Sponsors: American Express, Boehringer Ingelheim USA, Cisco, Credit Suisse, Deloitte, Google

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Asians in America: Unleashing the Potential of the "Model Minority"

Asians in the United States have long been viewed as a "model minority," lauded for their hard work, ambition and impressive qualifications. At the same time, this highly credentialed talent pool seems to come up against a “bamboo ceiling” that prevents them from breaking into upper management positions. Why are so few Asians reaching the top? In this study we explore the dynamics that keep Asians from fully realizing their potential. (7/1/2011, Report - 42 pages)

KEY FINDINGS

Sponsors: Deloitte, Goldman Sachs, Pfizer, Time Warner

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For LGBT Workers, Being "Out" Brings Advantages

Corporations have made great progress over the past decade creating more-welcoming environments for lesbian, gay, bisexual, and transgender (LGBT) employees. Today 85% of Fortune 500 companies have protective policies that address sexual orientation—up from 51% in 2000. Nonetheless, surveys show that many LGBT employees still view their sexual orientation as a hindrance on the job: Fully 48% of LGBT respondents report remaining “closeted” at work. (7/1/2011, Harvard Business Review Article - 1 page)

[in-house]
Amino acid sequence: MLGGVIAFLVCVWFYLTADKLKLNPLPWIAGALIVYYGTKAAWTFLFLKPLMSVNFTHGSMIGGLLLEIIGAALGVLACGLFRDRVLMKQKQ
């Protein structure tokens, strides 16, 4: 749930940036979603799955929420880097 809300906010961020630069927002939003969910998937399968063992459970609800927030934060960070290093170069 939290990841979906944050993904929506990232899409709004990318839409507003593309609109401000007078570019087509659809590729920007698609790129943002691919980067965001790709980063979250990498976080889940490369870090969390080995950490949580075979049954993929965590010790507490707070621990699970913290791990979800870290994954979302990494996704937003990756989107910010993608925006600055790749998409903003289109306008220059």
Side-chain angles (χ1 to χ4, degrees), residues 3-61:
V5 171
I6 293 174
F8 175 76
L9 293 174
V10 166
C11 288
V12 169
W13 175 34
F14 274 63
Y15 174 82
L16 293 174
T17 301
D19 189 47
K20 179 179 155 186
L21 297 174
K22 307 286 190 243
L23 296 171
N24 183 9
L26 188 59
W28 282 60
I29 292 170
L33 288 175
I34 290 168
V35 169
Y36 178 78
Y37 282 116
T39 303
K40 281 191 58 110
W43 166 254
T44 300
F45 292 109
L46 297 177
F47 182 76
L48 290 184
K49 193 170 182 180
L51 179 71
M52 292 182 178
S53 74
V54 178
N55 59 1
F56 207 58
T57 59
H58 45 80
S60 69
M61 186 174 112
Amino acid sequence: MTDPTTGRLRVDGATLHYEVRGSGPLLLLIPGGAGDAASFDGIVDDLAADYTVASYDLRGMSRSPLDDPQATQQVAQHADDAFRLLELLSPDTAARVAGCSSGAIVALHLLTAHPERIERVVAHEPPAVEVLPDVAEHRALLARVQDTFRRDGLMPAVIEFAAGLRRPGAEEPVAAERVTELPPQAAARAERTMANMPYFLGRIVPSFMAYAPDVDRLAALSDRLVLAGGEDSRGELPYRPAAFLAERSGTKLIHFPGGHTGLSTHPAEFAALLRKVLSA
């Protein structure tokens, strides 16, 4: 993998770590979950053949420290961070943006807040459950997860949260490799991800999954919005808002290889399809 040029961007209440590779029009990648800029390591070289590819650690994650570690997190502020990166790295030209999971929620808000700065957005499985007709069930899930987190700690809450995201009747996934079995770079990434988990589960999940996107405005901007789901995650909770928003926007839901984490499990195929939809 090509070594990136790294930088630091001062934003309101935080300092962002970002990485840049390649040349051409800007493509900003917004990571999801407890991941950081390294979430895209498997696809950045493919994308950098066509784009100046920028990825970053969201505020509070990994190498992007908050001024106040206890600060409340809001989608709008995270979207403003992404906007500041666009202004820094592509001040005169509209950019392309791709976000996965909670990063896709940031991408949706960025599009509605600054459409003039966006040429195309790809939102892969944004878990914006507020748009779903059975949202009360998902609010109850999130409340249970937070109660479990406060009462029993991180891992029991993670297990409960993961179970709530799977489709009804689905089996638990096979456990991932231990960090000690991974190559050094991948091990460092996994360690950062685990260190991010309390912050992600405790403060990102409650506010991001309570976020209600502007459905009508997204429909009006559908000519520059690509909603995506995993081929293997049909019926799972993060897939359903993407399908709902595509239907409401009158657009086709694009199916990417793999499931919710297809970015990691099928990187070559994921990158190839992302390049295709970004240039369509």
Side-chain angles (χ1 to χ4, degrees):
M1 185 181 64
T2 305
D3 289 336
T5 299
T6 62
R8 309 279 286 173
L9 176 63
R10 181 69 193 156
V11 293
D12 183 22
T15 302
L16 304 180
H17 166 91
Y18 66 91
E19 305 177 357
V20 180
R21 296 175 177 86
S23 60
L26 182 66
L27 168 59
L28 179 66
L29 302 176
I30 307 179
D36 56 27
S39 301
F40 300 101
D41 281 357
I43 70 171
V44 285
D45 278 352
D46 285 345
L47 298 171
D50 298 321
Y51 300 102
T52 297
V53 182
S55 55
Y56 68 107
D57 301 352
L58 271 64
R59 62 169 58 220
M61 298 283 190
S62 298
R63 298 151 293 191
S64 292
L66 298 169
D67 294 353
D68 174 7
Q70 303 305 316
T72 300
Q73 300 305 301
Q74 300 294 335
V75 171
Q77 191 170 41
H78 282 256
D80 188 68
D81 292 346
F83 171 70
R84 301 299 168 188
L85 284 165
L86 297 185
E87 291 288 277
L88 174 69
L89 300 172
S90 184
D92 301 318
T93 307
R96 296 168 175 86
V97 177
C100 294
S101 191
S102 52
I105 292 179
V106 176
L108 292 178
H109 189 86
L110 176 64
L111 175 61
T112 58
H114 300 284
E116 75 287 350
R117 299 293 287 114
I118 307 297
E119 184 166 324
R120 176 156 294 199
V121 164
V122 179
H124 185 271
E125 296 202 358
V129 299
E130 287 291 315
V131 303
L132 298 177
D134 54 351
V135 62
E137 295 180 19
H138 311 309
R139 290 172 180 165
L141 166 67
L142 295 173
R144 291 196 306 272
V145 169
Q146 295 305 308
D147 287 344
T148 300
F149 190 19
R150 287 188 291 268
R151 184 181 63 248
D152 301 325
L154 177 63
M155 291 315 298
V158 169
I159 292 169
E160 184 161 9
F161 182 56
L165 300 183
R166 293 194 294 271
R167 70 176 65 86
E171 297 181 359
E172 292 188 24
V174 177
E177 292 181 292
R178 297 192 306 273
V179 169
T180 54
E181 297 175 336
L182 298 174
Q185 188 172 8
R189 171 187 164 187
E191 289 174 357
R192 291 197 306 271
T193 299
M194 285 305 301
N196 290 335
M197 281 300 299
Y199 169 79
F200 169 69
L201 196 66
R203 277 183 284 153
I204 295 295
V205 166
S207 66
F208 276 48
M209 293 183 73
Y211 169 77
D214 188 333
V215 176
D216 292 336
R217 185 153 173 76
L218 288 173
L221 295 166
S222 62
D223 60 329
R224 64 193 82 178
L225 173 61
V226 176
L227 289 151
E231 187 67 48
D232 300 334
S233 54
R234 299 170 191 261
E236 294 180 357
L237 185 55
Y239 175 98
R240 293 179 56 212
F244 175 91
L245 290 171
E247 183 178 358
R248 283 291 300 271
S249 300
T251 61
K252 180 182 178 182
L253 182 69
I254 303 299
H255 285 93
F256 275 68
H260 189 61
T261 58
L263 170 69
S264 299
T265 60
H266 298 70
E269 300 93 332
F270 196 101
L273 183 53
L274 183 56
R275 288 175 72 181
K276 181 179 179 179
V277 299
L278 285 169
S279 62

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The Battle for Female Talent in Brazil

Women enter the white-collar workforce in the UK in far greater numbers than men: 57 females for every 43 males. Yet as employees in large corporations move from entry-level to middle management, and from mid- to senior-level positions, men advance disproportionately. Women comprise almost a quarter (24 percent) of the “marzipan layer,” that talent-rich level right below the icing on the corporate cake. And there they stall out. For all their qualifications, women represent only 4 percent of CEOs and 6.6 percent of executive directors of the FTSE 100. In addition, women currently hold only 22 percent of seats in Parliament, putting the UK 54th among 189 countries with national parliaments. Why? Our research reveals a surprisingly simple answer: To break through to the top, well-qualified women need sponsors, powerful leaders who are willing to advocate for their next key role or promotion and propel and protect them through the perilous straits of upper management. Furthermore, in order to attract, win and retain such career-boosting backers, women must do their part to ensure the alliance remains mutually beneficial. (12/1/2011, Report - 61 pages)

Sponsors: Bloomberg LP, Booz & Company, Intel, Pfizer, Siemens AG

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Winning the War for Talent in Emerging Markets